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Confidentiality Requirements for Suspicious Activity Reports

Last Updated: March 11, 2024

Dispute Resolution Services (DRS) is publishing this guidance to remind parties and their representatives, arbitrators, and mediators that the unauthorized disclosure of a Suspicious Activity Report (SAR) is a violation of federal law that may be punishable by civil and criminal penalties. As described in greater detail below, three categories of “SAR Information”—SARs, any information that would reveal the existence of a SAR, and any information indicating that a SAR has not been filed—may not be disclosed to another party, witness, arbitrator, or mediator in the DRS forum.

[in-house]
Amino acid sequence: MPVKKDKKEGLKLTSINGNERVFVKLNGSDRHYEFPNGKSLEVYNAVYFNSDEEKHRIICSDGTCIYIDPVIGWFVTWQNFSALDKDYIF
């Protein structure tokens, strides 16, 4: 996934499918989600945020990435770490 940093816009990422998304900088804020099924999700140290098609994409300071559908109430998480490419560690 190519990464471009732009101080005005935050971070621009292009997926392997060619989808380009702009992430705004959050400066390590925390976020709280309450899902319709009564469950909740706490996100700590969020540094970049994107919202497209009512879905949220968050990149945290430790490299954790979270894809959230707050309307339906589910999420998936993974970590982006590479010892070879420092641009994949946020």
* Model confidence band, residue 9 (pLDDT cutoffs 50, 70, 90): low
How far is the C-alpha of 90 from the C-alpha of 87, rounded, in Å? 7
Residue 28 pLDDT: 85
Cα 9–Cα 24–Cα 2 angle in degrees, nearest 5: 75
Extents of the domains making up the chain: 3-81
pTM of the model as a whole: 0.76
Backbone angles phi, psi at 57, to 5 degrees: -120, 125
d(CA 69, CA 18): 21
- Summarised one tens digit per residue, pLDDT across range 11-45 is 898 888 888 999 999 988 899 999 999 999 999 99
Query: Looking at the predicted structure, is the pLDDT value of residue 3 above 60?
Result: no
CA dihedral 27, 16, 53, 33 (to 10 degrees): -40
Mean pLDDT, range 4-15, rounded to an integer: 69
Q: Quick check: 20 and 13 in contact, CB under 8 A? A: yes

This guidance also provides arbitrators with information on steps that they can take to resolve SAR confidentiality concerns that arise during an arbitration proceeding without violating the strict prohibitions on disclosing SAR Information. Arbitrators who are presented with SAR confidentiality concerns should carefully review this guidance and immediately contact the FINRA staff member assigned to the matter.